You might have heard about Richard Branson’s offer of a $25,000,000 prize for a commercially viable design which will result in the reduction of greenhouse gases from the atmosphere. The idea may conjure up visions of massive machines that suck in polluted air in one end, and spew out clean air at the other. More realistically, some suggest ocean fertilization, and outer-space-based systems. I doubt that either of those plans will work, so I've put together a plan of my own. This will be my entry in the Richard Branson challenge:
Submission by: Solar John
Date: March 16, 2007
Removing carbon dioxide makes little sense as long as we continue to pump it into the atmosphere at an ever-increasing rate. Any physical device or system designed to remove carbon dioxide from the atmosphere would be ineffective, at best, without an accompanying program to reduce emissions. By the same token, an effective plan to reduce carbon dioxide emissions eliminates the need for a device or system to remove carbon dioxide already in the atmosphere. The remaining carbon dioxide emissions can be absorbed by plants. Therefore my proposal has little to do with removing it, but is instead a plan to stop polluting the atmosphere in the first place.
A gradually escalating tax on the use of fossil fuels would accomplish the goal. Primarily, this would affect electricity providers. To remain competitive, those utility companies would switch from fossil fuels to non-polluting alternatives in the generation of electricity. This, of course, will reduce carbon dioxide emissions. Individuals who continue to use electricity from polluting providers will pay at an ever increasing rate, and therefore would be compelled to use less, and eventually switch to a non-polluting provider. The polluting provider will eventually stop producing electricity, due to high costs to do so, and a lack of demand.
To a lesser extent, gasoline used in automobiles also contributes to carbon dioxide emissions. In the United States, auto manufacturers are already mandated to produce more efficient, less polluting automobiles. These constraints should continue until it becomes more economically practical to use alternatives to gas and diesel engines. This trend will spill over to other devices that currently run on gasoline, such as lawnmowers, garden tractors, and small recreational vehicles. Hybrid cars and golf carts already use electric motors, proving that electric propulsion is practical, and that the technology is already in place.
Funds collected by taxing the polluting energy providers will be used to help clean energy provider’s ramp up quickly, and to help agriculture meet the growing demand for crops with which to make biofuels. A portion of the same funds will also be used to help individuals and organizations pay for non-polluting systems, and to fund small-scale renewable energy projects. These would include solar photovoltaic systems, wind farms, small to large hydro electric power facilities, and bio-fueled heating equipment to name a few. A significant portion of the available funds would be used for reforestation efforts, resulting in an increase of CO2 absorption. Practical carbon sequestration projects might also be a component of this plan.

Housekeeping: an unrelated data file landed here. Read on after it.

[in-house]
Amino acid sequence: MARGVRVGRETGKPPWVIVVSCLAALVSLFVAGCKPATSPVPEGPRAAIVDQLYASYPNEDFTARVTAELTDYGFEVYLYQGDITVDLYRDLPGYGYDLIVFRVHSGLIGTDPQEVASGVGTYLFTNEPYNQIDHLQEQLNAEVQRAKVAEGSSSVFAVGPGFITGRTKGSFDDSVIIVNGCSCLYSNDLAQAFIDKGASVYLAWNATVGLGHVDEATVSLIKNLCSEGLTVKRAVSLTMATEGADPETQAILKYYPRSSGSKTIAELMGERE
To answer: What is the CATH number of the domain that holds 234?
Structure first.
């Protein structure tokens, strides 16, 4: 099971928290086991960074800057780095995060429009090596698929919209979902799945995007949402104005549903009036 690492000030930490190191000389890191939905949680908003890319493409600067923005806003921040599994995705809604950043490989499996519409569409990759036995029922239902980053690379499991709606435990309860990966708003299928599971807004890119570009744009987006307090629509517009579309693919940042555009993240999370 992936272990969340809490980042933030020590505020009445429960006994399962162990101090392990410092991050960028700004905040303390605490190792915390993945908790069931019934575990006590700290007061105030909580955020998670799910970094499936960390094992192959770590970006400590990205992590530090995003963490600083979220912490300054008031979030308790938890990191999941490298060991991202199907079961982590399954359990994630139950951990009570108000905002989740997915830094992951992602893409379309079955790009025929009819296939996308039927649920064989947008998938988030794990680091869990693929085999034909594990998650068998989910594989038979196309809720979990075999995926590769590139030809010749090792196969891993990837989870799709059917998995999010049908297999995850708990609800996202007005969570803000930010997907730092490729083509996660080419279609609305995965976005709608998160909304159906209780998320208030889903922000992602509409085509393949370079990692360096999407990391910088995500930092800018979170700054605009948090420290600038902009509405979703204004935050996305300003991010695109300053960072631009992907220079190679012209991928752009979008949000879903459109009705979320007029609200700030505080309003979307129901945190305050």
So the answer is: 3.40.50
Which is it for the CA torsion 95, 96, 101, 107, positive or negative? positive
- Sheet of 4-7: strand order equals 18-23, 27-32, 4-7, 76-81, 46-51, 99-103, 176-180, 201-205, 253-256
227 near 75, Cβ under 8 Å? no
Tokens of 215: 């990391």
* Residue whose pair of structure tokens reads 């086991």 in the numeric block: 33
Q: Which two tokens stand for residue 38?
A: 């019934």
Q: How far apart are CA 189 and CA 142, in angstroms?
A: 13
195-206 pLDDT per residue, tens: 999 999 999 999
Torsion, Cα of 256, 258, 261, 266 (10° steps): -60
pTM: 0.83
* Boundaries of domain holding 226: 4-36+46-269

Benefits and drawbacks of the plan:
In addition to accomplishing the primary goal, this plan has many other benefits. It will benefit the economy by creating new jobs, especially in agriculture and manufacturing, and will result in exportable technology which will have a positive economic effect. Another desirable effect will be an ecological improvement which will benefit commercial fisheries, tourism, and recreation. The elimination of coal mining will preserve mountain ranges that currently are the victims of Mountaintop Removal Mining, stop the pollution of groundwater sources, and will mitigate other harmful effects of mining, cleaning, and transporting coal.
Those who benefit from oil and coal industries will be forced to look elsewhere for their livelihood. However, they will have time to change careers, perhaps taking advantage of the many opportunities that will result from the implementation of this plan.
A portion of crops currently used for food will be diverted to energy production instead, creating a fear of food shortages. However, the American Farmer has always met the demand for food crops, domestically and abroad, and will continue to do so in the future. Crop yields will be higher because of a cleaner atmosphere and water, a byproduct of this plan’s implementation.
This plan will accomplish the primary goal with few negative consequences. It is a common-sense approach to solving the massive global crisis we face. We need to become good stewards of the earth and sky, instead of just claiming to be. Our survival depends on it.